Look at benefits

Salary isn’t the only part of your offer you’ll want to evaluate. Does your employer pay for health insurance? How much will they contribute to a 401(k)? How many vacation days do you get? Think about the things that are important to you. You may be willing to accept a salary that is a bit lower in exchange for great health coverage or the opportunity to work from home and spend more time with your kids.

Be aware of the possibility for re-evaluation

This is a starting salary and you’ll want to have the opportunity to get a raise based on your performance. Be sure you know when your firm will be doing evaluations or performance reviews and when you’ll have the opportunity to get a raise. Setting up an opportunity for re-evaluation up front will set expectations and save your from a potentially awkward conversation down the road.

At the end of the day, there are no hard and fast rules when it coms to job offers. If the offer works for you, and you’re happy with it, then accept! It’s all about what you want in a job and whether the offer is meeting your needs and goals!



#The3Llife: Six Steps for Spring Break Success

GUEST BLOG Katie R. Day,
Quinnipiac University School of Law, J.D. Candidate 2018

Spring break is generally thought of as being a much-needed break from the hectic law school schedule.

It’s a time to relax, maybe take a vacation, and enjoy not having class. While I do believe you should use your spring break to de-stress, I encourage you not to check out completely. There are a few things that you can do during spring break to make the end of the semester a bit easier.

Get going on those outlines

I know outlines are probably the last thing you want to think about over spring break, but trust me, you’ll be glad you did. Just taking a few hours to get organized and get started (or make some progress) will help you feel less stressed when exams come around.

Update your resume

Whether you’re a 3L looking for a post-grad job or a 1L/2L looking for a summer position, spring break is a great time to make sure your resume is up to date and ready to go when a job opens up. As the end of semester gets closer and you get busier this will be one less thing on your plate. If you’re feeling really ambitious, visit job boards and set some job alerts so you’ll get notified when new jobs are posted.

Get caught up

If you’re behind on reading or some assignments, this is the time to get back on track. You don’t want to wait until the end of the semester or you’ll end up cramming and feeling overwhelmed.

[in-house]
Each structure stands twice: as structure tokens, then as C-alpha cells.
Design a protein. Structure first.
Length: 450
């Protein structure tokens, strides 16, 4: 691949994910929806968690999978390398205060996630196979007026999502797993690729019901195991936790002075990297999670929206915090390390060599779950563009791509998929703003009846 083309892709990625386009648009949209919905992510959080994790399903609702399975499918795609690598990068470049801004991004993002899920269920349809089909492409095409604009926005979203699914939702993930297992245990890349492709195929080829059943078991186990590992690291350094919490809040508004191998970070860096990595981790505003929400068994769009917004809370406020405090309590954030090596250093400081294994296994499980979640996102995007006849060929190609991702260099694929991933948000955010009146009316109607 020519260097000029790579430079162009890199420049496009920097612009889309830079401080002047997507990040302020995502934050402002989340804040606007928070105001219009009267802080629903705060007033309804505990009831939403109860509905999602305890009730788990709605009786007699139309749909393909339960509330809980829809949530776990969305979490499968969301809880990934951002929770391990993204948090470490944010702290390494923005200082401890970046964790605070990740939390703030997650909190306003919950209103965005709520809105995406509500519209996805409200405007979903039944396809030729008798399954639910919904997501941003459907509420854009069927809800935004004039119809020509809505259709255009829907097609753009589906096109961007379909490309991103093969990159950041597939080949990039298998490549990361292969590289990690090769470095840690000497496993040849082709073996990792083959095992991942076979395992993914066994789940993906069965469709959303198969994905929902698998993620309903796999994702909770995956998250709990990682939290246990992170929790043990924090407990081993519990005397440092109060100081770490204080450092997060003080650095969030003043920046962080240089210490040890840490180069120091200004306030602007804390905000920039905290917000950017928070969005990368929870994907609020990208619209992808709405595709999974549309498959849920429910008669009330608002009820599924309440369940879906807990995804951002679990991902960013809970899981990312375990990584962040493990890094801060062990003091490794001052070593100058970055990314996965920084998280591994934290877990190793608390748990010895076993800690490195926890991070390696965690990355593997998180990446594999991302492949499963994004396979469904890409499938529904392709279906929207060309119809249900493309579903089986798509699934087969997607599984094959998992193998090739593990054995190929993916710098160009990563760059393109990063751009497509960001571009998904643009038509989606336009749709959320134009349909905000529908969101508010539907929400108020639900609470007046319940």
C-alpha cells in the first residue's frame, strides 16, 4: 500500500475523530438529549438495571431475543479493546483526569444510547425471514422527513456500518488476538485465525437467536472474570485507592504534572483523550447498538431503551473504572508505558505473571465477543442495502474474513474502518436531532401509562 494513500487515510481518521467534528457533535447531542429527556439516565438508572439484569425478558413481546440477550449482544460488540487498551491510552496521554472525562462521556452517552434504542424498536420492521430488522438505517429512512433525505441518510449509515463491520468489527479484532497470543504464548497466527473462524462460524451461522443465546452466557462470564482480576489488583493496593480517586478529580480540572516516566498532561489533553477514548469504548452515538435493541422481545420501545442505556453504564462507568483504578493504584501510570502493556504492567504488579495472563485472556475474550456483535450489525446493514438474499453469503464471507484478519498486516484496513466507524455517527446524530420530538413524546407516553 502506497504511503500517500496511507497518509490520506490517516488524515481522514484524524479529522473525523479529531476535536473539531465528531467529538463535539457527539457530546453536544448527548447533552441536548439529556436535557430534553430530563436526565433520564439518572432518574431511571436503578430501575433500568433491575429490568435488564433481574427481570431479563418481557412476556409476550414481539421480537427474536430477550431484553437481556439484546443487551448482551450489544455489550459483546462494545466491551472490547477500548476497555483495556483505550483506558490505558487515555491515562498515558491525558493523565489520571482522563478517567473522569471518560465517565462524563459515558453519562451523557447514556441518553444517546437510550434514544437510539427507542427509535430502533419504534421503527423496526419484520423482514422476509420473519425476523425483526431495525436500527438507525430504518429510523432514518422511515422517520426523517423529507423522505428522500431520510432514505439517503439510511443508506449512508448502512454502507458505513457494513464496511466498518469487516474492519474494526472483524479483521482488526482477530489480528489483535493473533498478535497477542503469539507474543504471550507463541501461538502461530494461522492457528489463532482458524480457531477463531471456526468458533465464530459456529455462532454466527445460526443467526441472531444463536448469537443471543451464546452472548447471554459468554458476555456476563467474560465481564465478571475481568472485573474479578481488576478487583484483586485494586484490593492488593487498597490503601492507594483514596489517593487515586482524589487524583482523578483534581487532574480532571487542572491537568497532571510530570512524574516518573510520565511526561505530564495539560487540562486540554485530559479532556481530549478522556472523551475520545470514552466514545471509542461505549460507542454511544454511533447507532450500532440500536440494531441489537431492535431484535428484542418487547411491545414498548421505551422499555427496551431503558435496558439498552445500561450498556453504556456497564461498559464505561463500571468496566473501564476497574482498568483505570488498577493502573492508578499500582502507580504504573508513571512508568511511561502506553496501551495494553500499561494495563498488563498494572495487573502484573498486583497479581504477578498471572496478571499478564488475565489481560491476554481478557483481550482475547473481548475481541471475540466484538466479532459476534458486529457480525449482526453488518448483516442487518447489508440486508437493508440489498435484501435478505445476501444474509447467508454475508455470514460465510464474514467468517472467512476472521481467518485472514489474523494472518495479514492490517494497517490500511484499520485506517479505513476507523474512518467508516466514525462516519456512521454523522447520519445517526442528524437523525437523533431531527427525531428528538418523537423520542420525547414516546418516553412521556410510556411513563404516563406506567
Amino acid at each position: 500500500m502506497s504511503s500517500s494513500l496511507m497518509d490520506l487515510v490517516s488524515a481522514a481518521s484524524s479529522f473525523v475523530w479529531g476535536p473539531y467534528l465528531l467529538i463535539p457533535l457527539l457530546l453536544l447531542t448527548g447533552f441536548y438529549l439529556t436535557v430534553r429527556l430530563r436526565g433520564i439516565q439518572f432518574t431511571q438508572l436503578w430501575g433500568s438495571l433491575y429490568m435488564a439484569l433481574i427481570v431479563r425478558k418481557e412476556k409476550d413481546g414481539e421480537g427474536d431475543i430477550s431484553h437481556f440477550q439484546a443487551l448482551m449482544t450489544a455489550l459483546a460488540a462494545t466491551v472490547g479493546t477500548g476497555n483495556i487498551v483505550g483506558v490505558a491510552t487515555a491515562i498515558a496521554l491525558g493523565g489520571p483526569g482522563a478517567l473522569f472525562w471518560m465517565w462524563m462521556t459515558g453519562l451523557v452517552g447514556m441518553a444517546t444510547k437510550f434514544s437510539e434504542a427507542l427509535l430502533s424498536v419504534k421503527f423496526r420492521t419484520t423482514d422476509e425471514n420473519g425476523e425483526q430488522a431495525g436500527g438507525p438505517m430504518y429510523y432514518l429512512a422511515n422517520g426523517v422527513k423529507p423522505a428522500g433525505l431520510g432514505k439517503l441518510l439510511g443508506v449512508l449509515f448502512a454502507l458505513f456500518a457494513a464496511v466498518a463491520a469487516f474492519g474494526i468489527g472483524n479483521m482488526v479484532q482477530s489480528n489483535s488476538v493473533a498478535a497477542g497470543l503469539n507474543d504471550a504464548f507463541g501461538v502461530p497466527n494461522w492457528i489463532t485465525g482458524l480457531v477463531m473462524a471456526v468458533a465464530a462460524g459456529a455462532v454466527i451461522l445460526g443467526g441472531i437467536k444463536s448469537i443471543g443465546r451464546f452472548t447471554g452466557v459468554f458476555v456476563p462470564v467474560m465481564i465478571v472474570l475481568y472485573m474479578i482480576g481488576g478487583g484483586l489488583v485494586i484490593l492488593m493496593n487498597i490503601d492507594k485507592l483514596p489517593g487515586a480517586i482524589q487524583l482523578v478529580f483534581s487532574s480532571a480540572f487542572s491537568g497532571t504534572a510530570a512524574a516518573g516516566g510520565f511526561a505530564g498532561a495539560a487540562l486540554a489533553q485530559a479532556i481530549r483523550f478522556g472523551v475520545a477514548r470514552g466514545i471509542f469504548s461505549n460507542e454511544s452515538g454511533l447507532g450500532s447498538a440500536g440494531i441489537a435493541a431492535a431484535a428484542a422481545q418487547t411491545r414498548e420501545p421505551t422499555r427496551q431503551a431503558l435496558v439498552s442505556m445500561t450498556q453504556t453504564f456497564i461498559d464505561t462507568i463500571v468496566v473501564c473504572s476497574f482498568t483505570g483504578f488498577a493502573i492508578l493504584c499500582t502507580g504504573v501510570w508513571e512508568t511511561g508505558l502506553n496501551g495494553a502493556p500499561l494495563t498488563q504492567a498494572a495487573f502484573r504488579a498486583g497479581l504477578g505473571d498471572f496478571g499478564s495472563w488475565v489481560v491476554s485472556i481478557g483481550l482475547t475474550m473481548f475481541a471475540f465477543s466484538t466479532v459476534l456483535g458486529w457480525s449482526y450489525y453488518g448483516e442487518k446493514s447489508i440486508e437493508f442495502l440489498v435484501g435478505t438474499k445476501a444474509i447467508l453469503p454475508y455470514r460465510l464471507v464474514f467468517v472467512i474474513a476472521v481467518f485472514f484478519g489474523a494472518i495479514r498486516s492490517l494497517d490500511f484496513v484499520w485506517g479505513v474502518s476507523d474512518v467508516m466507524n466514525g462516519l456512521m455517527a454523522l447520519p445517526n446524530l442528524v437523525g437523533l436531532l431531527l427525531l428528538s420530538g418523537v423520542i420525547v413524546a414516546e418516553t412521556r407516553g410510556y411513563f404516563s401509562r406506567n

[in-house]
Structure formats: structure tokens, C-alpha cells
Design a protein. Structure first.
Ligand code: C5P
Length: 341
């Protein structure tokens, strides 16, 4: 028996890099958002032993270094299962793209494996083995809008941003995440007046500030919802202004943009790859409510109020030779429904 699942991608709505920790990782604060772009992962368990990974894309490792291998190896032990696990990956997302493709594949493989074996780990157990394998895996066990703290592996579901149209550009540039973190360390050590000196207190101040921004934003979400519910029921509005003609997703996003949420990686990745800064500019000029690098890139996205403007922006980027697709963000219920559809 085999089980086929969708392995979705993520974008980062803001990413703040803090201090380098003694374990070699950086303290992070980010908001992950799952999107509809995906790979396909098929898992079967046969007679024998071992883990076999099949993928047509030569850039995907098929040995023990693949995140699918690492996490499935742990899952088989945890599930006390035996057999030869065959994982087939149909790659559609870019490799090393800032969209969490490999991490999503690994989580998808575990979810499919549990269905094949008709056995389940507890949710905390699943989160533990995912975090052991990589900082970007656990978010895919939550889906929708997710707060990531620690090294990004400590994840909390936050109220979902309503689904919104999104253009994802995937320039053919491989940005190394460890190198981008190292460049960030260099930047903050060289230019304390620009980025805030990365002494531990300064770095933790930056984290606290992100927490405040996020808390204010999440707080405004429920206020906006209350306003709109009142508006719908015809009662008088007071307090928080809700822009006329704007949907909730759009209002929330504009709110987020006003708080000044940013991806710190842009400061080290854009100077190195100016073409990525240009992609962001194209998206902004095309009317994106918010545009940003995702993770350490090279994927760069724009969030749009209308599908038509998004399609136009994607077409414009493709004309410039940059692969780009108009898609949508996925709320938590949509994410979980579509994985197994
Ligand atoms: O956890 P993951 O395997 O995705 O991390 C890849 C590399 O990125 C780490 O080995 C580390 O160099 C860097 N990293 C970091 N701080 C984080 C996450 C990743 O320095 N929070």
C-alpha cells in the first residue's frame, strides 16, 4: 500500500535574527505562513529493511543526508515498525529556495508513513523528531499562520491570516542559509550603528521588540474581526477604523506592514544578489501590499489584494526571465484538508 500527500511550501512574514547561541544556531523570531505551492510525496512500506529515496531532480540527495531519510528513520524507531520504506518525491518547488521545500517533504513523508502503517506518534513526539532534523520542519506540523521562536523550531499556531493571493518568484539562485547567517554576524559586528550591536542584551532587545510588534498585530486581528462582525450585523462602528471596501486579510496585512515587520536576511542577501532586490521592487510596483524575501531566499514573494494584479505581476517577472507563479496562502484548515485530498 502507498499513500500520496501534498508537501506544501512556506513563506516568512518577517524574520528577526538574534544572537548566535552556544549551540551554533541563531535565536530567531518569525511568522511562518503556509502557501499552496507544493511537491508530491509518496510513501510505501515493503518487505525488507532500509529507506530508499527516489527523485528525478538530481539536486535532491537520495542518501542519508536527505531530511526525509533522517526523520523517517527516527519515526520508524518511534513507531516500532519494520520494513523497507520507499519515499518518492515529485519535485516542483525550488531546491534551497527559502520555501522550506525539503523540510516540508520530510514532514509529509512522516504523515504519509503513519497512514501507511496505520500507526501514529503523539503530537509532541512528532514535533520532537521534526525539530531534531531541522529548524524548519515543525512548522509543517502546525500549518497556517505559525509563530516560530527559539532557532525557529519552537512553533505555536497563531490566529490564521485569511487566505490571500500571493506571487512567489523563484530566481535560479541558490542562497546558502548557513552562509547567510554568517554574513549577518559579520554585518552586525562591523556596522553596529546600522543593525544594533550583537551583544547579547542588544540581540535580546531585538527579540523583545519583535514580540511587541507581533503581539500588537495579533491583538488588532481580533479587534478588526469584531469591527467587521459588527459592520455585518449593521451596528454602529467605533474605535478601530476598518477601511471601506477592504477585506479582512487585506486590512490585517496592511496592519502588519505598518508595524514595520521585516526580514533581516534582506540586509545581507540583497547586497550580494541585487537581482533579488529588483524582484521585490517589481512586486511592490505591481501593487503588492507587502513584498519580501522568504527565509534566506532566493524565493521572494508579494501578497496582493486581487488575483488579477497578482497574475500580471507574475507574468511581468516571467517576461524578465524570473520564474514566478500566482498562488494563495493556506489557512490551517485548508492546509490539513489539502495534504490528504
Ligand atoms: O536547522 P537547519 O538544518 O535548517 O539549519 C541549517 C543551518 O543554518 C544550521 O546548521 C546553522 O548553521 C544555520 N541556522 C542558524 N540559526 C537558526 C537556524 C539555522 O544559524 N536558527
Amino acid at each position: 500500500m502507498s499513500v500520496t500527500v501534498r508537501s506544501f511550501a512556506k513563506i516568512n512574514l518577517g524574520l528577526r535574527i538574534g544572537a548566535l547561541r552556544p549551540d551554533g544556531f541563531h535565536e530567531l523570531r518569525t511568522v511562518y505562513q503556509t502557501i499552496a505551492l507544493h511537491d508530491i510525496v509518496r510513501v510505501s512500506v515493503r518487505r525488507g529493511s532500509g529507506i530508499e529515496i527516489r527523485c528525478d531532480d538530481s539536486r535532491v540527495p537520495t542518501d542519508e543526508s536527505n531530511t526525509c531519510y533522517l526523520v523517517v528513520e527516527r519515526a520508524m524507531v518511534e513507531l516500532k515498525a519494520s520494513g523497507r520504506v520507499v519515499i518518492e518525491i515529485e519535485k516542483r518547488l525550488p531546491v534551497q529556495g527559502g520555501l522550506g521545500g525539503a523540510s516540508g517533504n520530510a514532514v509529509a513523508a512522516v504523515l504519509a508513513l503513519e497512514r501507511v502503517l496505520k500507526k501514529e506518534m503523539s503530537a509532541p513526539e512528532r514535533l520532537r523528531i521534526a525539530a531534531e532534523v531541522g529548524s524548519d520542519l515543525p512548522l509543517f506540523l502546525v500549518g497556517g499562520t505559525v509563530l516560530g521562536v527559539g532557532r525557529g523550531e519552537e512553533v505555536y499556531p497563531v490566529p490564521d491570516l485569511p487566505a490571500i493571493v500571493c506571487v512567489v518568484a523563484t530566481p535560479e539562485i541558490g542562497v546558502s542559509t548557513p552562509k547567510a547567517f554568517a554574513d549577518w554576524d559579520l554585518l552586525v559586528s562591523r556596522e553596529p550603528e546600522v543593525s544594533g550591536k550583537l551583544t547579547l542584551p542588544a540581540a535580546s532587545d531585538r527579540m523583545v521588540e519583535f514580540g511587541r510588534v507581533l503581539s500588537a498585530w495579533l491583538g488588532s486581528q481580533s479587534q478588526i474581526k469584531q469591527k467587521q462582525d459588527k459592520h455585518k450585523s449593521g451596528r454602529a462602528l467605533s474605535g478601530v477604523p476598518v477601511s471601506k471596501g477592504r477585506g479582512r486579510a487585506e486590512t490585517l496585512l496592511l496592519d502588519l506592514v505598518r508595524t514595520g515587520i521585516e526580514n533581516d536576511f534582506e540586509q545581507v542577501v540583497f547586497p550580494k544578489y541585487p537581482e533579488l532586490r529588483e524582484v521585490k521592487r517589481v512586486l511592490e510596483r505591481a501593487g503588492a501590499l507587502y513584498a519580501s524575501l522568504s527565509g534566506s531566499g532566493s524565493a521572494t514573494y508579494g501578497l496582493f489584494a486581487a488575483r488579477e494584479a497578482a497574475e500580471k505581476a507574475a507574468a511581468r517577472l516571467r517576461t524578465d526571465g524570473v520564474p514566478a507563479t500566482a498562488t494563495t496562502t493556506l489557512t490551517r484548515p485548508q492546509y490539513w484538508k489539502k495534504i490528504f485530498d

Make a plan

Take a look at what you have coming up in the next few weeks and what you’d like to accomplish before the end of the semester. Need to finish your note? Want to schedule a time to talk to career services? Have a big final paper that will be assigned soon? Make a note of these things and set aside some time in the coming weeks to work on them. By planning now, you won’t forget about something and have to rush to get it all done.

Take care of “housekeeping” tasks

No, I don’t mean laundry or cleaning, but you can certainly do that too! I’m talking about administrative things or necessities. Get your car serviced, go to the doctor, do your taxes. Those things may not be fun, but you’ll feel better once you can check them off your list.

3Ls, prep for graduation

By spring break, you’ve probably gotten emails about ordering your cap and gown, applying for a concentration, choosing the name for your diploma, etc. This is a great time to double check that these have been done. It’s also a good time to plug away at your bar application!

How will you be spending your spring break? Let me know! Tweet me at @The3LLife!

#The3Llife: How to Ace Your Interview!

GUEST BLOG Katie R. Day,
Quinnipiac University School of Law, J.D. Candidate 2018

It’s that time of year again: interview season!

Whether you’re a 1L or 2L applying for an internship or a 3L looking for a post-graduation job, you’ll definitely be doing some interviews in the coming weeks and months. The interview is such an important part of the hiring process. It’s your first (and likely only) chance to meet your interviewer/ future boss face-to-face before a hiring decision is made. With that being said, you want to make a good impression. I spoke with some law students and internship supervisors to see what makes a good interview. Here’s what they had to say:

Dress professionally

You may end up working in a more laid-back office, but you should always wear a suit or dress and blazer to the interview. It shows the interviewer that you take the position seriously and that you’re able to look put together and professional. Take time a few days before your interview to try on your outfit and look at it critically. Make sure your pants are an appropriate length and your shirt isn’t pulling at the seams. Fit goes a long way when trying to look professional.

Be confident